The civil war in El Salvador was a time of desperation and turmoil for the civilians of that small country. There were numerous complaints of human right violations but a countless number of people did not report the abuse for fear of the military’s retaliation. But it was the El Mozote Massacre that brought to light the many accusations of human right violations. The El Mozote case alone demonstrated almost all of the human right violations that were recorded during the civil war. Due to almost 1000 citizens being killed in a span of three days, the El Mozote Massacre came to be known as the most notorious case of human right violation in the history of El Salvador.

One of the human right violations determined by the massacre was the right to a fair trial and due process.[8] The inhabitants of El Mozote were accused of being guerrilla and without questioning they were executed. This was a violation of their rights according to the United Nations because the citizens were innocent without any link to the Guerilla but that still did not influence the military’s decision of killing every inhabitant. The citizens should have been questioned first about the Guerilla instead of just being executed. The citizens were also deprived of their safety and well being. According to the soldiers responsible for the killings, all of the inhabitants were protecting the guerrilla thus the killings of the inhabitants was justified in their eyes for the well being of the country.[9]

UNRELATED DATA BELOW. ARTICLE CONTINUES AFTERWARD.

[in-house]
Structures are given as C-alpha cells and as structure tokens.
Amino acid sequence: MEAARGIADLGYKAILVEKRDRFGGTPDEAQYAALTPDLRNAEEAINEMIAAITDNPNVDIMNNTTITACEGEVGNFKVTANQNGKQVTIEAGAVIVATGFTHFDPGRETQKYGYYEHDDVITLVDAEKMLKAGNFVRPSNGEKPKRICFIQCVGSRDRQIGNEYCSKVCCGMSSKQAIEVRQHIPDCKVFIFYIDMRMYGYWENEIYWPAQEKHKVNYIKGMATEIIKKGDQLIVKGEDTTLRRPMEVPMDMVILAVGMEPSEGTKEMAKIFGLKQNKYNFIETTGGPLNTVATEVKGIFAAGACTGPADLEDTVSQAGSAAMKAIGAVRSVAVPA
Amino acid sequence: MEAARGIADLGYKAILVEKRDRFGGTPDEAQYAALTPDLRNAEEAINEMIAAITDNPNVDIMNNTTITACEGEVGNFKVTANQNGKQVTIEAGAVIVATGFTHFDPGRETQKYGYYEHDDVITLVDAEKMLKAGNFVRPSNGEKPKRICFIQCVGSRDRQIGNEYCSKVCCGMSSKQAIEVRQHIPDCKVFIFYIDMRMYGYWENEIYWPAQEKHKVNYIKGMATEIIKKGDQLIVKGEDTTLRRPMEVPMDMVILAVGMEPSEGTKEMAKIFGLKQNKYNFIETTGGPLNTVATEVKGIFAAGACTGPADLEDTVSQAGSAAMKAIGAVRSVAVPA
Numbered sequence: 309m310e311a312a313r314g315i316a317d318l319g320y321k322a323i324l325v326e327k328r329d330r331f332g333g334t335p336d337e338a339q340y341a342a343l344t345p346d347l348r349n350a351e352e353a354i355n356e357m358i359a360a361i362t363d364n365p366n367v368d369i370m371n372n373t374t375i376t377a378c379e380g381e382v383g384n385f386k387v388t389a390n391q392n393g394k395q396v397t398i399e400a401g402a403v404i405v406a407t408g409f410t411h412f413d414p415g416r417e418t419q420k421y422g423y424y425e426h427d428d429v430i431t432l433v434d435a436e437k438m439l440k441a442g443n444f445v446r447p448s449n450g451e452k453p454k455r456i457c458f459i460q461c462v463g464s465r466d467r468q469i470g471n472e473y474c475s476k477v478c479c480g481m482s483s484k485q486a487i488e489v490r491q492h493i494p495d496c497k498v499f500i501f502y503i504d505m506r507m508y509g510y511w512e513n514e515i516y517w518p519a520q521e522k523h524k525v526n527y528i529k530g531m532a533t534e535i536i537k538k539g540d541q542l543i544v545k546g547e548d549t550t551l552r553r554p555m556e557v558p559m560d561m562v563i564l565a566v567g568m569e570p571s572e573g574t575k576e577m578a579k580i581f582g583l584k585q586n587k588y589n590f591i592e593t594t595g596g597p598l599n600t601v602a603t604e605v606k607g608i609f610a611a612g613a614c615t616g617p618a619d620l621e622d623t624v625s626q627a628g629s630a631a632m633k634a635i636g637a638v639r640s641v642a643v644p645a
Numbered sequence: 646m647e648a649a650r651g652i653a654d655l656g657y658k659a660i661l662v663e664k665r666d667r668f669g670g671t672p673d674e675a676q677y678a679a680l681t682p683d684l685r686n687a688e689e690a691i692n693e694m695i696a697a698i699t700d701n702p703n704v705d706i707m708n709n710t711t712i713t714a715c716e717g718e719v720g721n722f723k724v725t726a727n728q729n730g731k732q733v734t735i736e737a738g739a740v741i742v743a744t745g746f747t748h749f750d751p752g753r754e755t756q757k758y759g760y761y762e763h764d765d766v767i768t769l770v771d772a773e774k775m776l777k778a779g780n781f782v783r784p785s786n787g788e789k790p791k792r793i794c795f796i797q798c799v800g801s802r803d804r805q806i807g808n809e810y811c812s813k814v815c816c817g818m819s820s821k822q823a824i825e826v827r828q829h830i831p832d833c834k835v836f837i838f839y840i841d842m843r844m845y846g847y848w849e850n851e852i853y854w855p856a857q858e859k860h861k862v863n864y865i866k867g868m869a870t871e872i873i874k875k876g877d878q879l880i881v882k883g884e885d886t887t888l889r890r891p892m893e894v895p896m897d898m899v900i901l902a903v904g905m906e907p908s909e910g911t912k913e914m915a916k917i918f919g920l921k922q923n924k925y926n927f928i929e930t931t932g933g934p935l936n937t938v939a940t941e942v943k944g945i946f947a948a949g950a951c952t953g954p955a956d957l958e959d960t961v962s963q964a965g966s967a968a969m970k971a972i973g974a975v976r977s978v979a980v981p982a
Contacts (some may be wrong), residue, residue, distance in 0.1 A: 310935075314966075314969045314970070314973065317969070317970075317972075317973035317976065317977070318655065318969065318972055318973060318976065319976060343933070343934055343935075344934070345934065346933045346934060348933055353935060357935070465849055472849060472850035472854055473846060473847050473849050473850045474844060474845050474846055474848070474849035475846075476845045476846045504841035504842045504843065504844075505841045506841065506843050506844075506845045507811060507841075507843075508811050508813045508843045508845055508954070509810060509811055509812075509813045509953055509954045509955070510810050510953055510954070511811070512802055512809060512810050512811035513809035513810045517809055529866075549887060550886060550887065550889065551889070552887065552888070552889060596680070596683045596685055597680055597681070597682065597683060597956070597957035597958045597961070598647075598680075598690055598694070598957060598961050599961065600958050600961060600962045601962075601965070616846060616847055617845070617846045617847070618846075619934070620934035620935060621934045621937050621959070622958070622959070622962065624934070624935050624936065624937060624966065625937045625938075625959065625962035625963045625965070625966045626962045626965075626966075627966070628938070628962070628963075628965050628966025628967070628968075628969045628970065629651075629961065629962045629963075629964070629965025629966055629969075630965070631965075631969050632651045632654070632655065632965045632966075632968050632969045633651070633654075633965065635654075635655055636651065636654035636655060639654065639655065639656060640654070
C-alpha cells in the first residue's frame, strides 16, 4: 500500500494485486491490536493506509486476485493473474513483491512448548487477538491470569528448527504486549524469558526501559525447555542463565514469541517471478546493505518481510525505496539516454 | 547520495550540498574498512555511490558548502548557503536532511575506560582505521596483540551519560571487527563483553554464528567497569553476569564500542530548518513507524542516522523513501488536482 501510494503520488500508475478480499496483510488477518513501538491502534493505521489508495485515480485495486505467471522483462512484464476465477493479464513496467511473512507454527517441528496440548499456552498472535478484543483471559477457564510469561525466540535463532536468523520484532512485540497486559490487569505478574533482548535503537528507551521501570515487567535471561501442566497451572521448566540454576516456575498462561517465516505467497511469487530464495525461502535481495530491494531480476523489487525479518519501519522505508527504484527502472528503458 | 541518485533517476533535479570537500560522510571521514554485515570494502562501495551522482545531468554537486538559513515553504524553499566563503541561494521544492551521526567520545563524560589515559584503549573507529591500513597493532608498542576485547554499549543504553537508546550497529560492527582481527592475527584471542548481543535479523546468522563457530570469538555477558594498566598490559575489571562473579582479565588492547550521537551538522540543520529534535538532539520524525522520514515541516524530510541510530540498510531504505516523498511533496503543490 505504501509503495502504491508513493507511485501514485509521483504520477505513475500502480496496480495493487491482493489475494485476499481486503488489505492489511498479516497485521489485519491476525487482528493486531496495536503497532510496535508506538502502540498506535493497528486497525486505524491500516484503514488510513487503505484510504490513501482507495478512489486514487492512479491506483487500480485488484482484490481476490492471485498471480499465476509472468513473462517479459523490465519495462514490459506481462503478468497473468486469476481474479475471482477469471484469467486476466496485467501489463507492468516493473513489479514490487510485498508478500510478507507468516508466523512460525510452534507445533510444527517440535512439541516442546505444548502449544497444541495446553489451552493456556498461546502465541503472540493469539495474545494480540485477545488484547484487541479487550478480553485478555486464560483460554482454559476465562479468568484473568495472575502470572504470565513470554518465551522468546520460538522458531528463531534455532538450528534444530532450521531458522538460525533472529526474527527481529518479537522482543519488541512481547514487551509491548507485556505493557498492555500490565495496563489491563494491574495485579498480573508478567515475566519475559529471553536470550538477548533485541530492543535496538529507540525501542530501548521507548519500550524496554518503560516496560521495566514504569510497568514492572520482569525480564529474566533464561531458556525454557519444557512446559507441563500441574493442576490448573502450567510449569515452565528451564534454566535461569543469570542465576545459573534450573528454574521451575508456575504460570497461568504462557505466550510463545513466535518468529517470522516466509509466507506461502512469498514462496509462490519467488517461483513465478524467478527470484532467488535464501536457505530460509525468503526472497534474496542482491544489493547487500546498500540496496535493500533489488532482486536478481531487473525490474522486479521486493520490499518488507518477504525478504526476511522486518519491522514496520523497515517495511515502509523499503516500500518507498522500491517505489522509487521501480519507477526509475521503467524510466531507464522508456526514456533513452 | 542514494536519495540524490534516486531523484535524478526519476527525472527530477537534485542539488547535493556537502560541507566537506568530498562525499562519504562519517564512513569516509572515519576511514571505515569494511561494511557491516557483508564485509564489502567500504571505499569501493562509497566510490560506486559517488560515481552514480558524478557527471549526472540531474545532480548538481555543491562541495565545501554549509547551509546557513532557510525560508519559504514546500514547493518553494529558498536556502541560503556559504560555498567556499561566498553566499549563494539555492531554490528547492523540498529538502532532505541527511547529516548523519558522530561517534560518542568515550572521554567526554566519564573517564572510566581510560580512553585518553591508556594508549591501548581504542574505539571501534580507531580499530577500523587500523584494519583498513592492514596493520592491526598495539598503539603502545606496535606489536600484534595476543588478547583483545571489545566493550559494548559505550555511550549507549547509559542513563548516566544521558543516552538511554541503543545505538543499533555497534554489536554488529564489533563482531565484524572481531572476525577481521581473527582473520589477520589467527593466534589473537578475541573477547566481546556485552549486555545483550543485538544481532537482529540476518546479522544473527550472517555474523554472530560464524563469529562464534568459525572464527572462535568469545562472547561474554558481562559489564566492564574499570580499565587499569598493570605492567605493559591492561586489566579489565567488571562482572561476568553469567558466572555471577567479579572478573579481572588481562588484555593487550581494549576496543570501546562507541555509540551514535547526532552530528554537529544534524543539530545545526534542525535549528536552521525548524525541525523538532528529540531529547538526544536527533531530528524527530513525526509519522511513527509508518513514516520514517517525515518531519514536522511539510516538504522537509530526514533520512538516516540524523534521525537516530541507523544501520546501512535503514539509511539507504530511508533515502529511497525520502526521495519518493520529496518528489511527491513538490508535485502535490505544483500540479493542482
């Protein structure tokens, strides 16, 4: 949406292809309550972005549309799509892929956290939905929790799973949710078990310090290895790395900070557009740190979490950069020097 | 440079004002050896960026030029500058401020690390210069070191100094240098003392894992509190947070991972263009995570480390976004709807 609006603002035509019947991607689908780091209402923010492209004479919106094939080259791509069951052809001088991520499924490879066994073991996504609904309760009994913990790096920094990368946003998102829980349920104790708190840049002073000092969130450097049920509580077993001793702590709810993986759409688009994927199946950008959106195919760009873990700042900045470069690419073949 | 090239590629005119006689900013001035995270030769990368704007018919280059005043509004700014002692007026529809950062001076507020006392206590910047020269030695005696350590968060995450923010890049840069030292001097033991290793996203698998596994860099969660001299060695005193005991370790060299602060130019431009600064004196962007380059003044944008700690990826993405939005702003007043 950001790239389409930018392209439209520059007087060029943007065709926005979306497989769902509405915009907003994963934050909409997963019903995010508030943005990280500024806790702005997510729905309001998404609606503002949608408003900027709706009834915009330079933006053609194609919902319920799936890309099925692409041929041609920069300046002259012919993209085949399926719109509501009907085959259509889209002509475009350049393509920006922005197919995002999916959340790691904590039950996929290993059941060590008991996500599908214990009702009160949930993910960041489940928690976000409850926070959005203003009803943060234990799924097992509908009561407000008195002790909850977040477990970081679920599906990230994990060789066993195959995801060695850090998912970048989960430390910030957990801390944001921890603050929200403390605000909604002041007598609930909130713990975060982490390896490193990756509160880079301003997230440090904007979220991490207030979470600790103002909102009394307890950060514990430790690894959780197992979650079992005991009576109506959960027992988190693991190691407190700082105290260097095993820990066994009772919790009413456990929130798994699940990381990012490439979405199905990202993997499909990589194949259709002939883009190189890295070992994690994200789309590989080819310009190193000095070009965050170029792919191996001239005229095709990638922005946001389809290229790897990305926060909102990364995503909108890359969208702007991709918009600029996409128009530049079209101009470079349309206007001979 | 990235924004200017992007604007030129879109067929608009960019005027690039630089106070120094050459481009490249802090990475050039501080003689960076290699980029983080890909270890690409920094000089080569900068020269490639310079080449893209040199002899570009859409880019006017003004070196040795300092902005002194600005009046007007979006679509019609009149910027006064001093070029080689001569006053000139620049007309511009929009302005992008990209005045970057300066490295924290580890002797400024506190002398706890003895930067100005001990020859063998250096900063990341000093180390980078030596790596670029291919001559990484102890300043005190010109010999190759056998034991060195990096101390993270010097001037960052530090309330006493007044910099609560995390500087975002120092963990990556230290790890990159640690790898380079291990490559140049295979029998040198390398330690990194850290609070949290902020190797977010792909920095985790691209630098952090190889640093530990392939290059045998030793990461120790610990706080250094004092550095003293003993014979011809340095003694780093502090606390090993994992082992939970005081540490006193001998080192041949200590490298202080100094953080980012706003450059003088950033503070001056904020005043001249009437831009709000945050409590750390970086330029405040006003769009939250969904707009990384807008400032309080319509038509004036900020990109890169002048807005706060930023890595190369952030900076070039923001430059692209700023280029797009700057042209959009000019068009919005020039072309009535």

During the executions, the Atlactl Battalion procured to leave a mark behind with the victims along with letting the rest of the civilians in El Salvador know to not cross paths with them. The “Angels of Hell” tortured many of the men before murdering the victims. The military’s torture methods were brutal, “ Soldiers would dislocate body parts; apply electric shocks, acid burns, and severed limbs: tongues, ears, and gouged eyes.".[10] These torture methods that were used violated the human right of self-defense according to the Truth Commission Report. Torture is defined as “any act by which severe pain or suffering, whether physical or mental, is intentionally inflicted on a person for such purposes as obtaining from him or a third person information or a confession, punishing him for an act he or a third person has committed or is suspected of having committed, or intimidating or coercing him or a third person, or for any reason based on discrimination of any kind, when such pain or suffering is inflicted by or at the instigation of or with the consent of a public official or other person acting in an official capacity”.[11] The victims were tied down and left defenseless. Instilling unspoken pain to any human being is a violation to their rights because one is stripping that person of their identity and is inflicting unspoken pain into the victims. It is a violation especially if the victims are innocent and are being induced unnecessary pain. The Universal Declaration of Human Rights states that No One shall be subjected to torture or cruel, inhumane or degrading treatment or punishment.[12] Before being murdered the victims were mentally stressed pushing them to want the soldiers to kill them. From that mental stress the victims were happy of being killed because they would not endure the pain any longer.